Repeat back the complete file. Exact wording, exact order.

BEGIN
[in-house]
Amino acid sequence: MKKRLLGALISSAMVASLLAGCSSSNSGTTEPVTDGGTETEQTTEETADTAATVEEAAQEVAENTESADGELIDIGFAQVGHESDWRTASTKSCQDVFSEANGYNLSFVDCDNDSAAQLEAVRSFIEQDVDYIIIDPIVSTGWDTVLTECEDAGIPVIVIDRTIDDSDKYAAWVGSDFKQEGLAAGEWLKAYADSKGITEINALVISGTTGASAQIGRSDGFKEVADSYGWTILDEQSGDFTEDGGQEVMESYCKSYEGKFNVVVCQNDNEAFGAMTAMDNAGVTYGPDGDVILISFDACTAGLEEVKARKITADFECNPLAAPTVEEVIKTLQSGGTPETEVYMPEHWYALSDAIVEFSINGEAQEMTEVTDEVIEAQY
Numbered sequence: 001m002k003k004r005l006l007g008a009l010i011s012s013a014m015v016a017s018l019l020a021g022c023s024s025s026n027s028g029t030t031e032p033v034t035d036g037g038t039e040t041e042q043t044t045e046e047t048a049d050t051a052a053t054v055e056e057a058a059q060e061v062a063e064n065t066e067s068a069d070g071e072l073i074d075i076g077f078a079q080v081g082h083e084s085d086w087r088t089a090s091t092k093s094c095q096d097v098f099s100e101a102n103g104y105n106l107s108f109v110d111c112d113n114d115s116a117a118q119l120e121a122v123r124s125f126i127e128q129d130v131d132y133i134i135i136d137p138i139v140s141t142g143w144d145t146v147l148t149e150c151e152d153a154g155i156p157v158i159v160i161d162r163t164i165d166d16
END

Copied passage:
[in-house]
Amino acid sequence: MKKRLLGALISSAMVASLLAGCSSSNSGTTEPVTDGGTETEQTTEETADTAATVEEAAQEVAENTESADGELIDIGFAQVGHESDWRTASTKSCQDVFSEANGYNLSFVDCDNDSAAQLEAVRSFIEQDVDYIIIDPIVSTGWDTVLTECEDAGIPVIVIDRTIDDSDKYAAWVGSDFKQEGLAAGEWLKAYADSKGITEINALVISGTTGASAQIGRSDGFKEVADSYGWTILDEQSGDFTEDGGQEVMESYCKSYEGKFNVVVCQNDNEAFGAMTAMDNAGVTYGPDGDVILISFDACTAGLEEVKARKITADFECNPLAAPTVEEVIKTLQSGGTPETEVYMPEHWYALSDAIVEFSINGEAQEMTEVTDEVIEAQY
Numbered sequence: 001m002k003k004r005l006l007g008a009l010i011s012s013a014m015v016a017s018l019l020a021g022c023s024s025s026n027s028g029t030t031e032p033v034t035d036g037g038t039e040t041e042q043t044t045e046e047t048a049d050t051a052a053t054v055e056e057a058a059q060e061v062a063e064n065t066e067s068a069d070g071e072l073i074d075i076g077f078a079q080v081g082h083e084s085d086w087r088t089a090s091t092k093s094c095q096d097v098f099s100e101a102n103g104y105n106l107s108f109v110d111c112d113n114d115s116a117a118q119l120e121a122v123r124s125f126i127e128q129d130v131d132y133i134i135i136d137p138i139v140s141t142g143w144d145t146v147l148t149e150c151e152d153a154g155i156p157v158i159v160i161d162r163t164i165d166d16